PETALING JAYA: On Earth Day today, environmental activists are calling for greater climate action especially as the world, including Malaysia, has been recording hotter temperatures in recent years.
Global Environment Centre director Faizal Parish said from 1969 to 2015, the annual minimum temperature in Peninsular Malaysia had risen by 1.4°Celsius.
“Sea levels have risen by 5cm (on average) from 1993 to 2015. It is predicted to rise by 50cm in Peninsular Malaysia and 1.06m in Sabah by the year 2100, ” he said, adding that this would lead to coastal flooding and erosion.
“Storms and extreme events such as droughts will increase. Peatland and forest fires will become frequent, and incidence of transboundary haze will also increase, ” he said.
Ordinary Malaysians could also do their part by reducing electricity use at home, buying energy-efficient devices, planting more trees, and lobbying for their MPs to speak up on climate action, added Faizal.
Greenpeace Malaysia public engagement campaigner Nur Sakeenah Omar said the evidence of global warming effects on Malaysia was clear, with 2019 recording the second warmest average temperature in the country.
“Everyone in Malaysia is experiencing the effects in our day-to-day life, especially lower income families that feel the brunt of the effects the most, ” she said.
Nur Sakeenah added that Malaysians could adopt a “refill and reuse” strategy to reduce consumption and the usage of single-use plastics, such as eliminating plastic straws.
“It is a start, but we are not yet anywhere near the finish line as there are currently not many systems in place within Malaysia to accommodate the refill and reuse lifestyle, ” she said.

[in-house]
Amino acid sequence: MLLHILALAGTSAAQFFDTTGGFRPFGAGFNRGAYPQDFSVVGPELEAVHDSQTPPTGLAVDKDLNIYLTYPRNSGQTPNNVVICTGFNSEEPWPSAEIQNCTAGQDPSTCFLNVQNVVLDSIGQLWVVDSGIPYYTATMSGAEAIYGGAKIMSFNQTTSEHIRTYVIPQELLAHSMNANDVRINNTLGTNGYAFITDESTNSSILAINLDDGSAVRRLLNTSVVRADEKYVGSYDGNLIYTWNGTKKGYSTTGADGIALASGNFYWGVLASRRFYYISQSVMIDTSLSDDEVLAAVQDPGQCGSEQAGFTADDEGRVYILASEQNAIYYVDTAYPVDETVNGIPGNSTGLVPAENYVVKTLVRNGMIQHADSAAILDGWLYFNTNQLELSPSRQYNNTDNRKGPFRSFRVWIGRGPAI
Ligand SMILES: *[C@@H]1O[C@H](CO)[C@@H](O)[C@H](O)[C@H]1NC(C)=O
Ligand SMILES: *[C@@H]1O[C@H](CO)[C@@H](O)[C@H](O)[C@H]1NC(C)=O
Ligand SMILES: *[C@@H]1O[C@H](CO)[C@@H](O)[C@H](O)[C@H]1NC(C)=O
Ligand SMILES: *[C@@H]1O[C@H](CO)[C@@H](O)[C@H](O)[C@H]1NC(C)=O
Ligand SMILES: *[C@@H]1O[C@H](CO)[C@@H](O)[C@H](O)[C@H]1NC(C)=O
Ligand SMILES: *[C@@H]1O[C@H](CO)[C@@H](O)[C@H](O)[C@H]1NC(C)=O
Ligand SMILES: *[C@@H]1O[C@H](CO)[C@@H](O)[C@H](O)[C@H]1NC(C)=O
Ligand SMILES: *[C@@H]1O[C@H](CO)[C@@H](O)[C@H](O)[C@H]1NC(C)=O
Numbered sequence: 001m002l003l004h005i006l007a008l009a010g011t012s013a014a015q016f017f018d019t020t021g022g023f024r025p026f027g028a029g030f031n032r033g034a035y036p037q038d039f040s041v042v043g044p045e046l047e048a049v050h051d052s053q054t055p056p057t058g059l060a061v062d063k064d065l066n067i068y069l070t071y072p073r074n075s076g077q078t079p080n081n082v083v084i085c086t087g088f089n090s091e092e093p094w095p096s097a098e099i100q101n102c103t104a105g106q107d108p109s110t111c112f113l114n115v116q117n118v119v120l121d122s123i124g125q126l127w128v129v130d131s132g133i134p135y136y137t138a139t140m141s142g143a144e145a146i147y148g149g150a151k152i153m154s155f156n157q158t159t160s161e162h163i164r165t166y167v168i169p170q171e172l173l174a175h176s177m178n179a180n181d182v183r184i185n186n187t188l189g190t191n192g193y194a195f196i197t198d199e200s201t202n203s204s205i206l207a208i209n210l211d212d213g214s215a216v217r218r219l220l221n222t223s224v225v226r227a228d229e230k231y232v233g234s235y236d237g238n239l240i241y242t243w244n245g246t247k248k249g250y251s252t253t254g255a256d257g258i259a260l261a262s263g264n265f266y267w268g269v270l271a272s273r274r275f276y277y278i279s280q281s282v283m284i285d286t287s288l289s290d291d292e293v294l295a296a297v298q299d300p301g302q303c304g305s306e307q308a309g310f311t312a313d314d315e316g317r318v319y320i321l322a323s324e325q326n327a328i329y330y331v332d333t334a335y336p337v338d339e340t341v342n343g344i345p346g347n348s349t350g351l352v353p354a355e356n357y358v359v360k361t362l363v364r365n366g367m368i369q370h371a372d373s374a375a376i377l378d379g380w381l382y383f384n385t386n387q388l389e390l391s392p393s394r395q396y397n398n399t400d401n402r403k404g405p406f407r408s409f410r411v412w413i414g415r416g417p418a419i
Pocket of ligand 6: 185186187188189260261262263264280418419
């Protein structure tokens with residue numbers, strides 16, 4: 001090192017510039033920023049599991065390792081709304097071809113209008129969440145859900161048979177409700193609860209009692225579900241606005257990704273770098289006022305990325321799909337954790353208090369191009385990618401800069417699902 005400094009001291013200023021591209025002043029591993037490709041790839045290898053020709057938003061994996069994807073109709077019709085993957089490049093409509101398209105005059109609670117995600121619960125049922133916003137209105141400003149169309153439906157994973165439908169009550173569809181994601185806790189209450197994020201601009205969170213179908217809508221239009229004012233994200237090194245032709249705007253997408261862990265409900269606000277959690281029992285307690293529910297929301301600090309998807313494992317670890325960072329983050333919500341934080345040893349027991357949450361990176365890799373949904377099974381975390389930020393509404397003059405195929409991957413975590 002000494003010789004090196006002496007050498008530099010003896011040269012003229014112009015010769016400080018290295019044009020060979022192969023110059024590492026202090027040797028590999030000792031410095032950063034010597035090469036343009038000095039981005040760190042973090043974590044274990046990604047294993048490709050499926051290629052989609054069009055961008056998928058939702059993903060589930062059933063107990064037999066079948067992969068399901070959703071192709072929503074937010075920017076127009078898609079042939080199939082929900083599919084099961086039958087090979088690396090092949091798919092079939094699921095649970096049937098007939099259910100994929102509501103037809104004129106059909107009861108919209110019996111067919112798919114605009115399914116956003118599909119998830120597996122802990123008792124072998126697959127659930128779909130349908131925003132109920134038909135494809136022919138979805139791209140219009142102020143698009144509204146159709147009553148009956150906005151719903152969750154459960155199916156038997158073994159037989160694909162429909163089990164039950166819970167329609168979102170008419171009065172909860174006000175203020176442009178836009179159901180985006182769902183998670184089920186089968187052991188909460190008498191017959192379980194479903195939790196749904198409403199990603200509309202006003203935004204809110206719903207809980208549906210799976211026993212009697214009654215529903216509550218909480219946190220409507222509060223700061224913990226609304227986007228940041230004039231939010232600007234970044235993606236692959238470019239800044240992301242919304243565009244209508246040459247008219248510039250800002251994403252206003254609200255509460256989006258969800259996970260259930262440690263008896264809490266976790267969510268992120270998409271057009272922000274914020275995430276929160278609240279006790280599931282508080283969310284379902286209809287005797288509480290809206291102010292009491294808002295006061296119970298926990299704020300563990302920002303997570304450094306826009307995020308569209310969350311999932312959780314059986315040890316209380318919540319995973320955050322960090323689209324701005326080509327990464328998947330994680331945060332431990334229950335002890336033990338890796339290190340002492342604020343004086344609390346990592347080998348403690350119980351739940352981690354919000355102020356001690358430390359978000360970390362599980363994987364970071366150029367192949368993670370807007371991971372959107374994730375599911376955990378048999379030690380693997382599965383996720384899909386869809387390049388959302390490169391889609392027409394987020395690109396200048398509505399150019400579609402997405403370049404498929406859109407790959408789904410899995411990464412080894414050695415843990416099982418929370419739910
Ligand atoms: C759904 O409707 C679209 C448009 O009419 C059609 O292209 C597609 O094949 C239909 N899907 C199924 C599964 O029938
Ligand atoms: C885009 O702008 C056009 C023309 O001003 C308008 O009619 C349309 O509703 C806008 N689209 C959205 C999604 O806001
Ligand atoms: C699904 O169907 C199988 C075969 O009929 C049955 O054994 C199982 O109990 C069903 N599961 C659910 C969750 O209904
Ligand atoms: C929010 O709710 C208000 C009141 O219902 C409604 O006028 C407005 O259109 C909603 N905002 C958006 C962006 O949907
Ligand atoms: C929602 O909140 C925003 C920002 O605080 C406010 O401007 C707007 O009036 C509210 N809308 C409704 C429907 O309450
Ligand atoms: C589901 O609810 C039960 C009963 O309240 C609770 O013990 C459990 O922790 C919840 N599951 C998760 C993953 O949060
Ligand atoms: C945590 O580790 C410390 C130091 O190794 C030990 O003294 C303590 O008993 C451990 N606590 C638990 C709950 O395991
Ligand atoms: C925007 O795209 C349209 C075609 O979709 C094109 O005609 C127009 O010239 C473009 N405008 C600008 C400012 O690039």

Nur Sakeenah pointed out that Malaysian individuals could not do it alone.
“It requires a concerted effort by the government and corporations to limit the impacts of climate change, ” she said.
Urging Malaysians to manage their waste better, she also warned that municipal waste in landfills contributed to the country’s carbon emissions.
“Malaysians waste about 16,688 tonnes of food a day. We should start planning meals, keeping track of our trash, composting, avoid throwing away leftover food and understanding expiry dates, ” said Nur Sakeenah.
Pertubuhan Pelindung Khazanah Alam Malaysia (Peka) president Puan Sri Shariffa Sabrina Syed Akil said the climate crisis was becoming increasingly dire.
She gave the example of global mean sea levels rising by about 21cm to 24cm since 1880, adding that Malaysians could do their part to mitigate climate change.
“We can use less electricity and encourage the government to switch to renewables for power generation.
“Next is to reduce waste by choosing reusable products instead of disposables. Buying products with minimal packaging will help reduce waste which ends up in landfills, ” she said.
The Coalition of Environmental NGOs (COEN) said no amount of economic progress could justify leaving future generations with a degraded environment.
“We, the adult population of Malaysia, must realise that we are now using natural resources of the future faster than we or nature can regenerate it, ” said the group.
The 23 organisations in COEN are calling for the government to put a stop to the unsustainable depletion of the country’s natural resources.
“These include the degazettement of several of our reserve forests, logging for agriculture, mining of rare earth and other minerals, as well as sand, and unnecessary infrastructure.
“We also call on the government to make amendments to our constitutional and forestry laws to upgrade the protection of our natural environment immediately as otherwise, it will be too late, ” they said.
The Meteorological Department (MetMalaysia) showed data to The Star that the country recorded an increase of about 1°C in average temperatures from 50 years ago.
It urged Malaysians to reduce the consumption of fossil fuels and switch to LED lights and energy-efficient air-conditioners, and encouraged people to recycle and plant trees.
MetMalaysia also warned them against open burning.